One weekend I headed down to Philly for a ride with some old friends. Among the things I love about that city is its vibrant bike culture. Everywhere I looked, on the lanes and paths as well as the roads, there were people on bikes—kids and parents, college students, all ages and sorts of adults riding for every reason from sport to transportation to recreation. I saw bikes locked everywhere, too—hoopties and whiskey-runners, BMX and road bikes, repurposed mountain bikes, and, as in every big city these days, fixies. Many of these fixed-gear bikes were Bianchi Pistas, the model that, with some smart marketing behind an eye-catching all-chrome frame, became the de rigueur vehicle of the hipster-fixie craze starting around 2004. I was riding the Bianchi Infinito CV Ultegra Di2 Disc Compact you see here, an $8,000 machine that pushes the boundaries of modern race technology. But my Bianchi and those Pistas aren't so different. Both are emblems of how cycling's oldest and most vaunted brands keep reinventing themselves to remain relevant and exciting.
Bianchi, which has been around since about 1885, lays claim to being the world's oldest continually producing bike company, and to being one of the first to install derailleurs and pneumatic tires on bikes—big technological advances at the time. Until the past few years, however, it seemed to me that, at least judging from the company's presence in America, Bianchi's biggest accomplishment was catching the wave of fixie obsession. The geared bikes were never bad, and the race bikes were on pace with other companies, but for most of my cycling life, Bianchi had evoked respect and near reverence instead of "not bad."
WHAT YOU NEED TO KNOW
Di2 and hydraulic disc brakes mean much less maintenance is required.
Internal routing keeps the lines clean.
Good for long days, bad roads, and long days on bad roads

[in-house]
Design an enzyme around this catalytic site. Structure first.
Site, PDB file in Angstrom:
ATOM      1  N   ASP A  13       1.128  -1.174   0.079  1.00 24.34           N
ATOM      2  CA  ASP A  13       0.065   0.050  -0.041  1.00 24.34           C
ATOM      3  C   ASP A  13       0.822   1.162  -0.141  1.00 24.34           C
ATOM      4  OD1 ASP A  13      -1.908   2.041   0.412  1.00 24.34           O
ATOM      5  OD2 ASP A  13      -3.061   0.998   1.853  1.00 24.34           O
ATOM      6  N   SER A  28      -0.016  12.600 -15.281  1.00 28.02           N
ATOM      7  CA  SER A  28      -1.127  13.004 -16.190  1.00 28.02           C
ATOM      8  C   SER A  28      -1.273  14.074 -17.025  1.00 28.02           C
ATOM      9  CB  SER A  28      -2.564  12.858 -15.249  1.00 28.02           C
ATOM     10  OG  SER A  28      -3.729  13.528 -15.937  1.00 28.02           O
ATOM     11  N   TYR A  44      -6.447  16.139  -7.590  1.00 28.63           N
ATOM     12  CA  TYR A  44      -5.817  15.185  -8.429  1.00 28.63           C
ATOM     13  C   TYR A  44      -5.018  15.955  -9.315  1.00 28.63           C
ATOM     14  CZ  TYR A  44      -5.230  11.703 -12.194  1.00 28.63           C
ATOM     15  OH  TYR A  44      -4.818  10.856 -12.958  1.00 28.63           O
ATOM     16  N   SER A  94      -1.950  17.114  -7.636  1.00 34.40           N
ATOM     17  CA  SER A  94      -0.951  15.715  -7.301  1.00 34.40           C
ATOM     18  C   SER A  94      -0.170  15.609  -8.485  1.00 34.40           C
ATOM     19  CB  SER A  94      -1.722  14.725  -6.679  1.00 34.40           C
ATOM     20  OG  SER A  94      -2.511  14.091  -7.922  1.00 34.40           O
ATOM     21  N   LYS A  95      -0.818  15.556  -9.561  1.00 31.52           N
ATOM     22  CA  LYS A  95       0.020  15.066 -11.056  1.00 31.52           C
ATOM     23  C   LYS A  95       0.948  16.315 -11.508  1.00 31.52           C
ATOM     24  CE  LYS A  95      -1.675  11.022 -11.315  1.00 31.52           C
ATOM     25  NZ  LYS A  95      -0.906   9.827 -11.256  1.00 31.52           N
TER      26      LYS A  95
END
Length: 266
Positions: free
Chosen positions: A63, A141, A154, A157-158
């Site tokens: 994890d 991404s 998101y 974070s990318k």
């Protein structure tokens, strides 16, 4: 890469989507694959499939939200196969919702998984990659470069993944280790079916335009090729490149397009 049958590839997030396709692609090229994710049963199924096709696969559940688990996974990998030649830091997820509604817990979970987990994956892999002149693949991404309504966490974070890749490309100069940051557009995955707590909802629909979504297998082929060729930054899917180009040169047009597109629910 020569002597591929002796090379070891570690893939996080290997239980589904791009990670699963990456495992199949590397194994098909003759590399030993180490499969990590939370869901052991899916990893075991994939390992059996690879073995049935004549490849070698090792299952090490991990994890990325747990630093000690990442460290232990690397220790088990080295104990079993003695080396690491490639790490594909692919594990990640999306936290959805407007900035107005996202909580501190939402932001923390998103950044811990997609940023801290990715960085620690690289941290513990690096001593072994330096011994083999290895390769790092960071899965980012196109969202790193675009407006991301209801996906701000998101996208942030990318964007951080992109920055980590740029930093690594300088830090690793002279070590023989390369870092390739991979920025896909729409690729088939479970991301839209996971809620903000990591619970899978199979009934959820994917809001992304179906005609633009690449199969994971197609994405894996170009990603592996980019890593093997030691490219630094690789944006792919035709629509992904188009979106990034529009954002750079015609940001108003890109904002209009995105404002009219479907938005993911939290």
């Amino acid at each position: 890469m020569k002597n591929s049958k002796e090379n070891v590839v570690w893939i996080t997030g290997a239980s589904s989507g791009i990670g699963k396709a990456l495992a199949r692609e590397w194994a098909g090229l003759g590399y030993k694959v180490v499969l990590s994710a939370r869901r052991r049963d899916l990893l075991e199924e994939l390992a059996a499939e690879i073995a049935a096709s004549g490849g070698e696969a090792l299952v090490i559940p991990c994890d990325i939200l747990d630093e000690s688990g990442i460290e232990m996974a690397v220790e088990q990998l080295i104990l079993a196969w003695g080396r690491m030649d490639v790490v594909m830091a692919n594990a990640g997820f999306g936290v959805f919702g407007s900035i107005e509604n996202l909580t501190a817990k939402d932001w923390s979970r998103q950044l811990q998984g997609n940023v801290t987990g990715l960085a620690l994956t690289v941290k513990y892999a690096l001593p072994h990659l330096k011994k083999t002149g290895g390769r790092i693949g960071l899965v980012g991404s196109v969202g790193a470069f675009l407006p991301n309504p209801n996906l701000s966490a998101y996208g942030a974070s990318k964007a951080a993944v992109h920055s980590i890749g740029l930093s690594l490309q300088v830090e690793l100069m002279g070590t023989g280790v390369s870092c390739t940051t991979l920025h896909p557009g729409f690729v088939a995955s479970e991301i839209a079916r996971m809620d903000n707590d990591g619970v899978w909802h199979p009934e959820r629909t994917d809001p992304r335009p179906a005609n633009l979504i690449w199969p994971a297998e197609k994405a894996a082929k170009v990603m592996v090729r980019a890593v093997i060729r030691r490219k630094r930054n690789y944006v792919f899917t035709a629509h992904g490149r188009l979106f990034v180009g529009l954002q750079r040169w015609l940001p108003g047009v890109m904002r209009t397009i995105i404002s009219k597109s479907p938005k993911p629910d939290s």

Lars Boom rode a rim-brake version to a win in Stage 5 of this year's Tour de France.
WEIGHT: 18.0 lb. (54cm)All of that changed with the Infinito CV Disc. This is my third time testing a version of the bike, and each year its ride has become more refined and tuned—and the tech has moved forward. As with the previous models, this one has a monocoque frame on which engineers paid intense attention to tube shape. Cables, wires, and hydraulic lines are all routed internally. (If you choose a model with Campagnolo EPS, you even get dedicated mounting points for the internal battery without compromising one of the water-bottle mounts—and a predrilled hole for the charging port.) The disc-brake calipers bolt on via integrated post-mount fittings, with the rear one tucked neatly onto the chainstay.
The first Infinito I tested incorporated Kevlar into the carbon at the fork ends. This muted some road noise, helping me stay loose and relaxed on long days. The next model, and this one, use something Bianchi calls Countervail technology. It's a viscoelastic material layered in with the carbon that, Bianchi says (while refusing to divulge exactly how) is able to cancel some vibrations. Indeed, on long days over my region's most unfavorable roads, the bike proved comfortable.
As the name implies, the Infinito Disc is built around the new style of brakes. (How long until those become expected enough that companies release bikes with names something like Infinito Rim?) Shimano's hydraulic R785 discs are great stoppers and showcase what discs can do for your riding—more control, more speed into corners, and more confidence in the wet. With Ultegra Di2 and FSA making up the rest of the components, reliability and great shifting are a given. The chainrings are a climbing-friendly compact 34/50. Riders who want to swap to standard or midcompact rings can do so by replacing chainrings instead of the entire crank.
I loved the wheels—once I swapped tires. In a departure from the norm calling for pre-built wheels, Bianchi chose Shimano's excellent HB-CX75 hubs and laced them to 17mm wide (internal) Vision Metron40 carbon rims via 28 bladed spokes. They were durable and snappy, lending extra control and precision.
Labeled 25mm, the Hutchinson Fusion tires historically round out significantly narrower when mounted. On the wide Vision rims, however, they measured just a forgivable squeak under 25mm, and the extra volume added some suppleness to one of the stiffer casings on the market. Still, in combination with the 40mm-deep rims and the high spoke count, the tires helped transmit more buzz than I knew was necessary. The Infinito has clearance to handle up to a 28mm tire. I swapped to a 25mm Vittoria Rubino, and suddenly the bike was filtering out the road but still allowing a pleasant amount of feedback.
Bianchi is a venerable brand emblematic of eleganza, a legendary name that builds bikes imbued with destrezza and connects you in some way to Fausto Coppi, Gianni Bugno, and Marco Pantani. That's always been true. The difference is that the Infinito is a great bike right now—fun to ride, capable, and interesting. Some other brands just might catch up in a few seasons.